Firefighter Incident Report Writing
Category: Fire & Rescue
Gordon Graham here with Today’s Tip from Lexipol. Today’s Tip is for fire service personnel. Today I am going to talk to you about the importance of incident report writing and documentation.
Accurately documenting an incident will go a long way to avoid embarrassment and cost.
Do you ever think that no one actually reads your incident reports? If you’ve ever had the Chief ask about an incident that occurred years ago or if you’ve ever been asked to refer to your incident report in a deposition, then you know the answer. Attorneys, law enforcement agencies, insurance adjustors, and reporters all may end up reading your incident reports.
Your incident reports are written records meant to capture important details for future reference. Months or years later, you won’t remember fireground specifics. Trying to recall events or verbally add facts to a report after time has passed raises questions and doubts. Worse, if you contradict what’s in the report, your credibility and honesty can be questioned. But a well-documented report can illustrate your professionalism, education, and competence. It will also reflect positively on your fire agency. Accurately documenting an incident will go a long way to avoid embarrassment and cost.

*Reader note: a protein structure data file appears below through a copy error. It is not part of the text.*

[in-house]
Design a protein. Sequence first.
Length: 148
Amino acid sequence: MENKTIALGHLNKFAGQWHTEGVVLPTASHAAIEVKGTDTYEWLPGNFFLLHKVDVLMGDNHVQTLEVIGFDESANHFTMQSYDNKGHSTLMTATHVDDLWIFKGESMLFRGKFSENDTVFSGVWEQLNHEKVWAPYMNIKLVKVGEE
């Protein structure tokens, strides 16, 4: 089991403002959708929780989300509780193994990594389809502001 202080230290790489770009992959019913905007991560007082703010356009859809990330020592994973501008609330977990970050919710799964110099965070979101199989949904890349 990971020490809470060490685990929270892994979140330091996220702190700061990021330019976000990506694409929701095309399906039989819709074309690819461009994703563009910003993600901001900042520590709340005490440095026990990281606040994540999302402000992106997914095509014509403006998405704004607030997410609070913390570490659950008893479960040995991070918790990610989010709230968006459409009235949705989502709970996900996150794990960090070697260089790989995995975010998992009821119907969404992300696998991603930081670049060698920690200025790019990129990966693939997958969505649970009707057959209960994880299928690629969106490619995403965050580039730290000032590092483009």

Here are a few simple tips to remember when writing your report. Take the time to document every decision impacting operations at an incident. Use a standard form and fill it out completely. Use plain language and avoid fire service jargon and abbreviations. If possible, use a spelling and grammar checking program. Finally, read the entire report and verify the accuracy of your information before you submit it.
Your agency should include report writing in its training schedule. If your agency doesn’t provide training on what to include in incident reports and how to write them, then ask. Like all other fire operations, training in report writing reduces risk.
Well-written and comprehensive reports can help further your career and protect you and your agency from litigation and damage to reputation.
And that’s Today’s Tip from Lexipol. Gordon Graham signing off.